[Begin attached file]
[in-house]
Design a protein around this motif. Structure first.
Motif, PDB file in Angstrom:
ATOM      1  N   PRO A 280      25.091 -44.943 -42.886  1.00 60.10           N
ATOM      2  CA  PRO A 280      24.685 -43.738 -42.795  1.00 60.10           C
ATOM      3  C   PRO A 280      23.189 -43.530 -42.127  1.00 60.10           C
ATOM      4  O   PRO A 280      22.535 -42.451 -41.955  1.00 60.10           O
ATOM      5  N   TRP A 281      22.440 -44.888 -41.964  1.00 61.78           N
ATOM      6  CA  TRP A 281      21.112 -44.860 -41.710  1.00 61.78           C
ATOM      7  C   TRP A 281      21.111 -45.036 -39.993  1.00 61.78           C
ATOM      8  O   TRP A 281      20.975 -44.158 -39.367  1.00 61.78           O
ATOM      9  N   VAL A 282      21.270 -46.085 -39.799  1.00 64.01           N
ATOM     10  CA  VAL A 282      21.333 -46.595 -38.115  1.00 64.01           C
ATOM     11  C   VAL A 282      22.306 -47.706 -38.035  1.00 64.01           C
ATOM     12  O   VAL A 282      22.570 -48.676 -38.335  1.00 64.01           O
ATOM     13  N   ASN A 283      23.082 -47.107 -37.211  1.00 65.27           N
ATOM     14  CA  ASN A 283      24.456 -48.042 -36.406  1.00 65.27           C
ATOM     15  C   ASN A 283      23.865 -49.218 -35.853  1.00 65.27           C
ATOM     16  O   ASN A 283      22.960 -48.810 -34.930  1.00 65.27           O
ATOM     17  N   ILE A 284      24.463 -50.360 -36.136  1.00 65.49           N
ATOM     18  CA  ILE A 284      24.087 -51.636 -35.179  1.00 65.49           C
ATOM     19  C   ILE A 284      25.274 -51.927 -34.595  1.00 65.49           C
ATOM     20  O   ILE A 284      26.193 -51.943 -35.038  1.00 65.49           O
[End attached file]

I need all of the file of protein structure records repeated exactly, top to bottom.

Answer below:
[in-house]
Design a protein around this motif. Structure first.
Motif, PDB file in Angstrom:
ATOM      1  N   PRO A 280      25.091 -44.943 -42.886  1.00 60.10           N
ATOM      2  CA  PRO A 280      24.685 -43.738 -42.795  1.00 60.10           C
ATOM      3  C   PRO A 280      23.189 -43.530 -42.127  1.00 60.10           C
ATOM      4  O   PRO A 280      22.535 -42.451 -41.955  1.00 60.10           O
ATOM      5  N   TRP A 281      22.440 -44.888 -41.964  1.00 61.78           N
ATOM      6  CA  TRP A 281      21.112 -44.860 -41.710  1.00 61.78           C
ATOM      7  C   TRP A 281      21.111 -45.036 -39.993  1.00 61.78           C
ATOM      8  O   TRP A 281      20.975 -44.158 -39.367  1.00 61.78           O
ATOM      9  N   VAL A 282      21.270 -46.085 -39.799  1.00 64.01           N
ATOM     10  CA  VAL A 282      21.333 -46.595 -38.115  1.00 64.01           C
ATOM     11  C   VAL A 282      22.306 -47.706 -38.035  1.00 64.01           C
ATOM     12  O   VAL A 282      22.570 -48.676 -38.335  1.00 64.01           O
ATOM     13  N   ASN A 283      23.082 -47.107 -37.211  1.00 65.27           N
ATOM     14  CA  ASN A 283      24.456 -48.042 -36.406  1.00 65.27           C
ATOM     15  C   ASN A 283      23.865 -49.218 -35.853  1.00 65.27           C
ATOM     16  O   ASN A 283      22.960 -48.810 -34.930  1.00 65.27           O
ATOM     17  N   ILE A 284      24.463 -50.360 -36.136  1.00 65.49           N
ATOM     18  CA  ILE A 284      24.087 -51.636 -35.179  1.00 65.49           C
ATOM     19  C   ILE A 284      25.274 -51.927 -34.595  1.00 65.49           C
ATOM     20  O   ILE A 284      26.193 -51.943 -35.038  1.00 65.49           O